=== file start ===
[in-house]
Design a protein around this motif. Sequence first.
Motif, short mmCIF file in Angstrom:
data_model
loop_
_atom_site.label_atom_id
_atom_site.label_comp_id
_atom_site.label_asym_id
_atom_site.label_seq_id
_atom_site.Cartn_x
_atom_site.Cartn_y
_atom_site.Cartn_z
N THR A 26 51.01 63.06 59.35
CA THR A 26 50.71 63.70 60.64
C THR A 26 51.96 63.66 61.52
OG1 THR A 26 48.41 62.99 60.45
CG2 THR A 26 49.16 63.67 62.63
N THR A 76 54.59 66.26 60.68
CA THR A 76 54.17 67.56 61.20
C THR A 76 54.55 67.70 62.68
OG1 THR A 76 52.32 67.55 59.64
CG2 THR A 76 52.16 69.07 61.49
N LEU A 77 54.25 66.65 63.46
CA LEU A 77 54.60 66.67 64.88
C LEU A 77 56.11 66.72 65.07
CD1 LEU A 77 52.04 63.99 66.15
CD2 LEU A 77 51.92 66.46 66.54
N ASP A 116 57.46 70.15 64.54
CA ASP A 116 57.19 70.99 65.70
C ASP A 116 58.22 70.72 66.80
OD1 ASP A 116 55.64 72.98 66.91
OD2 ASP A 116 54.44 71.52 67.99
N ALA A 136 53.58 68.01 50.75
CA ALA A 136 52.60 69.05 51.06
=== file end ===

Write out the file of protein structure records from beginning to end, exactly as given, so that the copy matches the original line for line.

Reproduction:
[in-house]
Design a protein around this motif. Sequence first.
Motif, short mmCIF file in Angstrom:
data_model
loop_
_atom_site.label_atom_id
_atom_site.label_comp_id
_atom_site.label_asym_id
_atom_site.label_seq_id
_atom_site.Cartn_x
_atom_site.Cartn_y
_atom_site.Cartn_z
N THR A 26 51.01 63.06 59.35
CA THR A 26 50.71 63.70 60.64
C THR A 26 51.96 63.66 61.52
OG1 THR A 26 48.41 62.99 60.45
CG2 THR A 26 49.16 63.67 62.63
N THR A 76 54.59 66.26 60.68
CA THR A 76 54.17 67.56 61.20
C THR A 76 54.55 67.70 62.68
OG1 THR A 76 52.32 67.55 59.64
CG2 THR A 76 52.16 69.07 61.49
N LEU A 77 54.25 66.65 63.46
CA LEU A 77 54.60 66.67 64.88
C LEU A 77 56.11 66.72 65.07
CD1 LEU A 77 52.04 63.99 66.15
CD2 LEU A 77 51.92 66.46 66.54
N ASP A 116 57.46 70.15 64.54
CA ASP A 116 57.19 70.99 65.70
C ASP A 116 58.22 70.72 66.80
OD1 ASP A 116 55.64 72.98 66.91
OD2 ASP A 116 54.44 71.52 67.99
N ALA A 136 53.58 68.01 50.75
CA ALA A 136 52.60 69.05 51.06